In his new exhibit at the Fazakas Gallery, Haida artist Corey Bulpitt has created his own, deeply meaningful rendition of American pop art's iconic LOVE sculpture by Robert Indiana. Bright red and made of powder-coated aluminum, it stacks the famous serif L and the O on top of the V and E--but look closely at the tilted O and you'll see it's a Northwest Coast formline salmon head.
It was an idea Bulpitt had floating in his mind for years, but recent events—everything from Wet'suwet'en protests to high-profile acts of police violence against Indigenous people—made him realize it had a timely resonance.
"There was an incredible amount of racism from Canadians—suddenly people are trying to run people over," the artist tells the Straight. "Culturally, with what's happening now, I don't feel like we're treated like human beings yet; humans get a lot more dignity and talk about actual historical damage that gets caused. The world's gone to war for other races going through different things, whereas we get dumped on, and the police are against us....It felt like it was a time to bring that piece out to love everyone, but also part of loving everyone is loving nature."
Of the salmon O, he explains: "That's what feeds the Northwest Coast and all the living creatures—it symbolizes the Northwest Coast people to me and our need to share the environment as one. We're not separate from animals and the environment, we're part of it—and that's something that seems lost in modern society."
After years of immersing himself in DJing, MCing, breaking, and graffiti art, Bulpitt, whose great-great-grandfather was the renowned artist Charles Edenshaw, returned to Haida Gwaii at 20 for a four-year apprenticeship under master carver Christian White. Later, he worked with late master carver Chief Beau Dick, whose art sits alongside Bulpitt's pieces here, and serves as an inspiration for many of the form-fusing, thought-provoking creations on view in Supernova, the online exhibit you can tour via fazakasgallery.com/.
Among Dick's works here are The Ghost Con-fined to the Chair, a haunting assemblage that features a skull-like ghost mask, a woven cedar rose, and a copy of the Indian Act, all placed on a red vinyl chair that comes from an Alert Bay residential school.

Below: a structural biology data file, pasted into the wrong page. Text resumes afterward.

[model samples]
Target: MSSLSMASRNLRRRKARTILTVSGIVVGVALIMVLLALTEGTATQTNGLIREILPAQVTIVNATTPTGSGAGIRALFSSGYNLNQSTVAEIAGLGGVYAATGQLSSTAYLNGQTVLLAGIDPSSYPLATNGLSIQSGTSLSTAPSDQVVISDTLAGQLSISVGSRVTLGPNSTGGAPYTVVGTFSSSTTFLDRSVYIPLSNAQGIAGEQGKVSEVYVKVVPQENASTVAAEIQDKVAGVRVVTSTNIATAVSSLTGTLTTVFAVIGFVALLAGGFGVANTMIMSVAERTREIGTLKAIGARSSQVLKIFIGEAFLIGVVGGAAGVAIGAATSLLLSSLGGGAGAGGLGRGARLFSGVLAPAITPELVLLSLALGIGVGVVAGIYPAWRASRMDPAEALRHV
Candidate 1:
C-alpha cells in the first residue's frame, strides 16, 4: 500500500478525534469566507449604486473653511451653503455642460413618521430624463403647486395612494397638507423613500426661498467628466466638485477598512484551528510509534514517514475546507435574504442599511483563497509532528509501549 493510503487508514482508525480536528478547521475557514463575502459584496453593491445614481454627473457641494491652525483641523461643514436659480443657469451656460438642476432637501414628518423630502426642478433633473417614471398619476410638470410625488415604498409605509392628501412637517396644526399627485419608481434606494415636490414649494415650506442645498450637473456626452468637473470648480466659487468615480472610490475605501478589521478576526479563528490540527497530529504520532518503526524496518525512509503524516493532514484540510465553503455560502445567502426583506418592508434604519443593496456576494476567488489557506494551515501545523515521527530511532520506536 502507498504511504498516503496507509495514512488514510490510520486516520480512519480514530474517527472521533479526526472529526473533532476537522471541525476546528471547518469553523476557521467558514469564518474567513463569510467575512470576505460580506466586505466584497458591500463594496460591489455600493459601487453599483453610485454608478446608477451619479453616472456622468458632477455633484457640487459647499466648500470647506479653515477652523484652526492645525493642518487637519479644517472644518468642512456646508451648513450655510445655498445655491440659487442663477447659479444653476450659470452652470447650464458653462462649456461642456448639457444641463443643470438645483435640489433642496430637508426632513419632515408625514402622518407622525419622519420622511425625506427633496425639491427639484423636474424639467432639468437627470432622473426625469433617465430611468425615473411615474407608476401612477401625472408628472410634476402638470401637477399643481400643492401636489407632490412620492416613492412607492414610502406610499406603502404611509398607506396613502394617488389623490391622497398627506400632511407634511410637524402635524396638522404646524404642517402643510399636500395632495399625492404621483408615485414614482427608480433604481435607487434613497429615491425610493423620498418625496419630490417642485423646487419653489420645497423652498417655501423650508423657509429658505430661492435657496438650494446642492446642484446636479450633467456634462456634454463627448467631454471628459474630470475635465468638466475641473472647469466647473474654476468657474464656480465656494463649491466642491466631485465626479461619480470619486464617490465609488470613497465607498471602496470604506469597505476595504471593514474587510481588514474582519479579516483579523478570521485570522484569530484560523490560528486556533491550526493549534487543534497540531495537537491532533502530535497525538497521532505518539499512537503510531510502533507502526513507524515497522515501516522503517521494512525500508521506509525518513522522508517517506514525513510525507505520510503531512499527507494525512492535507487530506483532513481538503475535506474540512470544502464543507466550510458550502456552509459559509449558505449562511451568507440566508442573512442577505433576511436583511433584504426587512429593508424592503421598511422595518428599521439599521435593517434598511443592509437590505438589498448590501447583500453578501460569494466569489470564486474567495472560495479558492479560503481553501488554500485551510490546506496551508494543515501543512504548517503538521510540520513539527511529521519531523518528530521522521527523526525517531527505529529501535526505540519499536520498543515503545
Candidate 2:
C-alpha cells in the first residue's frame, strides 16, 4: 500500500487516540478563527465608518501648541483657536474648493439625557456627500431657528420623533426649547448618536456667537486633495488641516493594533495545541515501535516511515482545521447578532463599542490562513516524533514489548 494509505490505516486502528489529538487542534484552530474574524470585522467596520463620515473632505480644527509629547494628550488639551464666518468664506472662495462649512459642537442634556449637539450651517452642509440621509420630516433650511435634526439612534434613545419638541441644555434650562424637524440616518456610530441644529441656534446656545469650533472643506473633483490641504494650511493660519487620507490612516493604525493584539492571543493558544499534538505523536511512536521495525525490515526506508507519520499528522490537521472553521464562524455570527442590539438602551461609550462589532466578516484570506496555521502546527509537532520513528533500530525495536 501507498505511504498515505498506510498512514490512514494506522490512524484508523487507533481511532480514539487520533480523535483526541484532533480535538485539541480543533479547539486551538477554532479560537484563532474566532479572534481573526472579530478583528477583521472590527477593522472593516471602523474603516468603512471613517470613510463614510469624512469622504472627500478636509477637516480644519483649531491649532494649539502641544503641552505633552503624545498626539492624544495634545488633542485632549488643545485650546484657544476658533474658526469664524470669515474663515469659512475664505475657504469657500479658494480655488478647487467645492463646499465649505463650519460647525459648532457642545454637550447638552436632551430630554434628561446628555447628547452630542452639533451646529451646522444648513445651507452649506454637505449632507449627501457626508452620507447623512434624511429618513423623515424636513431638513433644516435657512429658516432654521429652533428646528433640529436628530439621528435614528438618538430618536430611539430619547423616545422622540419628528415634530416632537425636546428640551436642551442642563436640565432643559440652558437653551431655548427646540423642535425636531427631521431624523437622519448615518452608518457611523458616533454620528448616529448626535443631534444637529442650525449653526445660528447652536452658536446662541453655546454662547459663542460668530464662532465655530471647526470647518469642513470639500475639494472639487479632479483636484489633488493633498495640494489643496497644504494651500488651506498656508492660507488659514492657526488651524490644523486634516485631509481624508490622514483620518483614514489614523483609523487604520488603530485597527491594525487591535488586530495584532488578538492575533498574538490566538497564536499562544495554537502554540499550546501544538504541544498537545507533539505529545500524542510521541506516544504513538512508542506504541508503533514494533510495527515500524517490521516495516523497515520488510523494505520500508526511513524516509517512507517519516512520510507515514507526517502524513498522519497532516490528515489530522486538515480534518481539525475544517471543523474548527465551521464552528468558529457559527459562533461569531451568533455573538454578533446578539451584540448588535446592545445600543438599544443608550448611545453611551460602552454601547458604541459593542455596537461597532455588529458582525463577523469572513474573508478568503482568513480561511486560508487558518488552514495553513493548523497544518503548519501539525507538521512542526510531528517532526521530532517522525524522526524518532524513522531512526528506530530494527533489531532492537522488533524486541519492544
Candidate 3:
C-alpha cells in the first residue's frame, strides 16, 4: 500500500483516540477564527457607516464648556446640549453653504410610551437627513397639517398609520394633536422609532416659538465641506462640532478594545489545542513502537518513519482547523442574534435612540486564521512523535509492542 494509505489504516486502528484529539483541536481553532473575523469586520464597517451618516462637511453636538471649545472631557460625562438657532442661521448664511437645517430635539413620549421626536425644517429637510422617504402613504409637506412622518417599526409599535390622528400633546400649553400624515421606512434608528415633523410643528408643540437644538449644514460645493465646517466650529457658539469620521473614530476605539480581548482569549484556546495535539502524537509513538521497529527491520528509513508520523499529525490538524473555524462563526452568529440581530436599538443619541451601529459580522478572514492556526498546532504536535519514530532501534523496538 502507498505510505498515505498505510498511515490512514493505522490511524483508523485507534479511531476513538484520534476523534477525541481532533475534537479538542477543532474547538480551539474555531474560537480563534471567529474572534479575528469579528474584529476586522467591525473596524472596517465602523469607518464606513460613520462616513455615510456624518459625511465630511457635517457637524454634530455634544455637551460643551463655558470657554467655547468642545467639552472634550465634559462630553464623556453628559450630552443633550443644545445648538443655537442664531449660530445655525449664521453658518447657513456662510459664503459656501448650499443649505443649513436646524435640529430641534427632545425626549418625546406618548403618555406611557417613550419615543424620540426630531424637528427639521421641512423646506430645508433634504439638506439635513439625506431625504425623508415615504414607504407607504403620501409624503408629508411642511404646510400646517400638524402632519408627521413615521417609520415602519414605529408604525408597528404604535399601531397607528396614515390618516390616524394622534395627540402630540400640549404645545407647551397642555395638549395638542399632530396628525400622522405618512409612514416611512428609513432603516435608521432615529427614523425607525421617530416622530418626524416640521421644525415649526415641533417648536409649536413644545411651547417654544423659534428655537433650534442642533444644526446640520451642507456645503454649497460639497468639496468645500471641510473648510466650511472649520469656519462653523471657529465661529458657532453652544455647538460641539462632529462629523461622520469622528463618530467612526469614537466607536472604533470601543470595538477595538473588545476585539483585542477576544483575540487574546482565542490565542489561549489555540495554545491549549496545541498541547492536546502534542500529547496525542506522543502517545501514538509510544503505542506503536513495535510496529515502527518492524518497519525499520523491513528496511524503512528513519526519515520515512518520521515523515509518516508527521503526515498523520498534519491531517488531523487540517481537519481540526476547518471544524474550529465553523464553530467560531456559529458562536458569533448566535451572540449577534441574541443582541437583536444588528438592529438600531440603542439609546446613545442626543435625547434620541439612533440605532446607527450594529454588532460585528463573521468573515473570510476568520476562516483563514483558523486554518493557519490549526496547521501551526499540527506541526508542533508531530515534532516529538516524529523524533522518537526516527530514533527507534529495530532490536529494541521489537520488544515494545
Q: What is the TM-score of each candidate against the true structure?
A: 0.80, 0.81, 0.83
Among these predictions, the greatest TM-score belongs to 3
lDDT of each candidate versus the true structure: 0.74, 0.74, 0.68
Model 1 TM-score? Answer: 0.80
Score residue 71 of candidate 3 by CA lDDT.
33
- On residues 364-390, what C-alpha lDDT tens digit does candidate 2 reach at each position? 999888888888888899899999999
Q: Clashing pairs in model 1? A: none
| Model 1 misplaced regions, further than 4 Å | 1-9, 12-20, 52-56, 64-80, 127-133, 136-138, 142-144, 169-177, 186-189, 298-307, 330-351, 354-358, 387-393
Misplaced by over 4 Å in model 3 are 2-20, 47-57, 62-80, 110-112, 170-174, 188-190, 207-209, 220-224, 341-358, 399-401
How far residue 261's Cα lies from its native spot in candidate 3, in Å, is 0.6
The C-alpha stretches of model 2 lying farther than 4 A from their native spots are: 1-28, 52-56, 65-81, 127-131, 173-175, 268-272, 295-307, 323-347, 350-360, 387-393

"Beau was pretty progressive, too. In his later years he was making a few more statement pieces, like the residential-school chair. That was an ifnluence on me to explore." says Bulpitt, who drew many of Dick's items from his own treasured collection of his mentor's works.
With that inspiration, Bulpitt adds he feels his work is evolving as his career progresses. "At first you're trying to make money to make rent and you can't afford to make the things that may not be able to sell, but now I've gotten to the point where I can do the things I want to do," he says.
Bulpitt has created his own, much more humour-inflected assemblage in Hometown Hero (Canuck the Crow), a 2020 work that finds a Haida-style rendition of the bird that made Vancouver headlines by riding the Skytrain, frequenting the PNE, and even lifting crime-scene evidence, perched atop a metal trash bin, a carved, cedar knife clutched in his beak. The sticker on the side of the garbage can? "Welcome to East Van."
In Supernova, Bulpitt boldly mixes the urban and contemporary with his traditional training—perhaps most strikingly in MF Doom Mask, his red carved version of the gladiator-meets-Doctor Doom-style metal mask worn by the rap icon. Bulpitt integrates the artist's story with his own, using cedar as the material and placing abalone in the centre of the mask.
A lifelong music fan, Bulpit explains that MF Doom plays with ideas of alter egos—and, inescapably, with the new mask-wearing culture of the COVID age. "Everyone's wearing masks—though the Doom one didn't really cover the necessary parts," he adds with a laugh. "He had a ruby in one of the rendiitions of his mask, and abalone is one of our prized things on the coast."
You''l see many more sides to Bulpitt on display in Supernova. Reclaimed Spaces, a big graffiti diptych on birch panel brings his mural work, and some of its more political activism, into the gallery setting. Spray-painted words like “No Justice on Stolen Land” and “No More Stolen Sisters" play with larger ideas of land claims in the city and beyond.
And with Pride Week upon us, Bulpitt's Rainbow Pole makes an inspiring bookend to the LOVE sculpture in the Fazakas Gallery windows. As he does with his unmistakable murals in the city, the artist likes to provoke thought, but he also spreads messages of inclusion and acceptance—at a time when we may need it most—whether he's wielding carving knives or spray-paint cans.